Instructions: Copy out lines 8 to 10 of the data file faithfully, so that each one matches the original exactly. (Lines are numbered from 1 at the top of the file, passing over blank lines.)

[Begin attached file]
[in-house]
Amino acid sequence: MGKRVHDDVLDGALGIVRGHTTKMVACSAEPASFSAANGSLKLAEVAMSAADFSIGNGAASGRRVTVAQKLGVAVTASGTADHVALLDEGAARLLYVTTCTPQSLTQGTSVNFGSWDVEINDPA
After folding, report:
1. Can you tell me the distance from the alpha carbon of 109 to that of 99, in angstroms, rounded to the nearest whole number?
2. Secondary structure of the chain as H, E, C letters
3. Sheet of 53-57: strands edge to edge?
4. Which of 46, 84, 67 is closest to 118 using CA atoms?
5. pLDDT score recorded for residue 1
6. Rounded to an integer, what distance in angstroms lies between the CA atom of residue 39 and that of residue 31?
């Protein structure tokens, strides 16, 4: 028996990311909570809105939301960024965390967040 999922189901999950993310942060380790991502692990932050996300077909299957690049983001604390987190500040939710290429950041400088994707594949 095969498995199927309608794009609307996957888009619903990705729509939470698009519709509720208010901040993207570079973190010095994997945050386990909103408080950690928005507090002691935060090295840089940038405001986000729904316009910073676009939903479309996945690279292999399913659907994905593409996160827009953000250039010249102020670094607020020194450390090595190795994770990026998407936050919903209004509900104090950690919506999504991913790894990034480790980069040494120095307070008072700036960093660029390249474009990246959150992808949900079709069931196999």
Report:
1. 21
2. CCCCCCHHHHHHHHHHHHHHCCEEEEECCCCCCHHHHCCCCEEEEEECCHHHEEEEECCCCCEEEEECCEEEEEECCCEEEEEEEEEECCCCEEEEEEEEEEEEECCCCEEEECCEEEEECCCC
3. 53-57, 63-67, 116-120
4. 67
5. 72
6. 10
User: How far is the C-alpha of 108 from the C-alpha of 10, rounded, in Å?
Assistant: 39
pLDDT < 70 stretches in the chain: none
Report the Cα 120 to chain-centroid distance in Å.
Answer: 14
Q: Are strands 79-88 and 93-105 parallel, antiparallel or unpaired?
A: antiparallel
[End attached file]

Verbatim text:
5. pLDDT score recorded for residue 1
6. Rounded to an integer, what distance in angstroms lies between the CA atom of residue 39 and that of residue 31?
């Protein structure tokens, strides 16, 4: 028996990311909570809105939301960024965390967040 999922189901999950993310942060380790991502692990932050996300077909299957690049983001604390987190500040939710290429950041400088994707594949 095969498995199927309608794009609307996957888009619903990705729509939470698009519709509720208010901040993207570079973190010095994997945050386990909103408080950690928005507090002691935060090295840089940038405001986000729904316009910073676009939903479309996945690279292999399913659907994905593409996160827009953000250039010249102020670094607020020194450390090595190795994770990026998407936050919903209004509900104090950690919506999504991913790894990034480790980069040494120095307070008072700036960093660029390249474009990246959150992808949900079709069931196999």